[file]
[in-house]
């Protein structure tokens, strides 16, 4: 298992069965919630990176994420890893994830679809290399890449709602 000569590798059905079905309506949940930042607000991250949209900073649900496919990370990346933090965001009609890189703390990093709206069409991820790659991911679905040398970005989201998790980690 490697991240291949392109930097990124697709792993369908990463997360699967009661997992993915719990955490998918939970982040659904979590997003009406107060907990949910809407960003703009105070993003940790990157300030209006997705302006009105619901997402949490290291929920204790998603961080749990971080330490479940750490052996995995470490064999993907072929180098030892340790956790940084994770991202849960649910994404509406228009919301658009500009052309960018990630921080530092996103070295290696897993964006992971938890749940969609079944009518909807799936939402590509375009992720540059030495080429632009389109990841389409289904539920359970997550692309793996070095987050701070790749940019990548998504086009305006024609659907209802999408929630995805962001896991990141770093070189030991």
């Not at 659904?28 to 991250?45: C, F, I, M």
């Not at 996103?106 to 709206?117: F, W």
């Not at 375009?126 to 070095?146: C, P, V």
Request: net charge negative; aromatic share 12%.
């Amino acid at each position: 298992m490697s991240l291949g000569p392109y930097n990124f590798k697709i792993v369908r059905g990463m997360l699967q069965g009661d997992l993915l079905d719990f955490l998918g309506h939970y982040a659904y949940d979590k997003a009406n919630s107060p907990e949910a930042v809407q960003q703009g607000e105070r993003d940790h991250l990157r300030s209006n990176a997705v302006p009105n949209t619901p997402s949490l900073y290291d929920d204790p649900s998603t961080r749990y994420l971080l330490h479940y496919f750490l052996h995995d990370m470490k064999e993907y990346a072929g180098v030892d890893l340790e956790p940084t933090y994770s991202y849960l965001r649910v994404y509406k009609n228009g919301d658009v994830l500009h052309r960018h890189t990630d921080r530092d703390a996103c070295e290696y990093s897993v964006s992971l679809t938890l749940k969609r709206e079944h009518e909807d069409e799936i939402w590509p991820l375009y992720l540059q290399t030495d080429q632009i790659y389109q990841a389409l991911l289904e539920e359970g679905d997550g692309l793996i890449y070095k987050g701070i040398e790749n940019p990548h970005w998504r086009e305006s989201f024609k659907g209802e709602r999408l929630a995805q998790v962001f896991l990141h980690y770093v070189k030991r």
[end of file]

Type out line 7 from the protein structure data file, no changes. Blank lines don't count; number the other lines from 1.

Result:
């Amino acid at each position: 298992m490697s991240l291949g000569p392109y930097n990124f590798k697709i792993v369908r059905g990463m997360l699967q069965g009661d997992l993915l079905d719990f955490l998918g309506h939970y982040a659904y949940d979590k997003a009406n919630s107060p907990e949910a930042v809407q960003q703009g607000e105070r993003d940790h991250l990157r300030s209006n990176a997705v302006p009105n949209t619901p997402s949490l900073y290291d929920d204790p649900s998603t961080r749990y994420l971080l330490h479940y496919f750490l052996h995995d990370m470490k064999e993907y990346a072929g180098v030892d890893l340790e956790p940084t933090y994770s991202y849960l965001r649910v994404y509406k009609n228009g919301d658009v994830l500009h052309r960018h890189t990630d921080r530092d703390a996103c070295e290696y990093s897993v964006s992971l679809t938890l749940k969609r709206e079944h009518e909807d069409e799936i939402w590509p991820l375009y992720l540059q290399t030495d080429q632009i790659y389109q990841a389409l991911l289904e539920e359970g679905d997550g692309l793996i890449y070095k987050g701070i040398e790749n940019p990548h970005w998504r086009e305006s989201f024609k659907g209802e709602r999408l929630a995805q998790v962001f896991l990141h980690y770093v070189k030991r």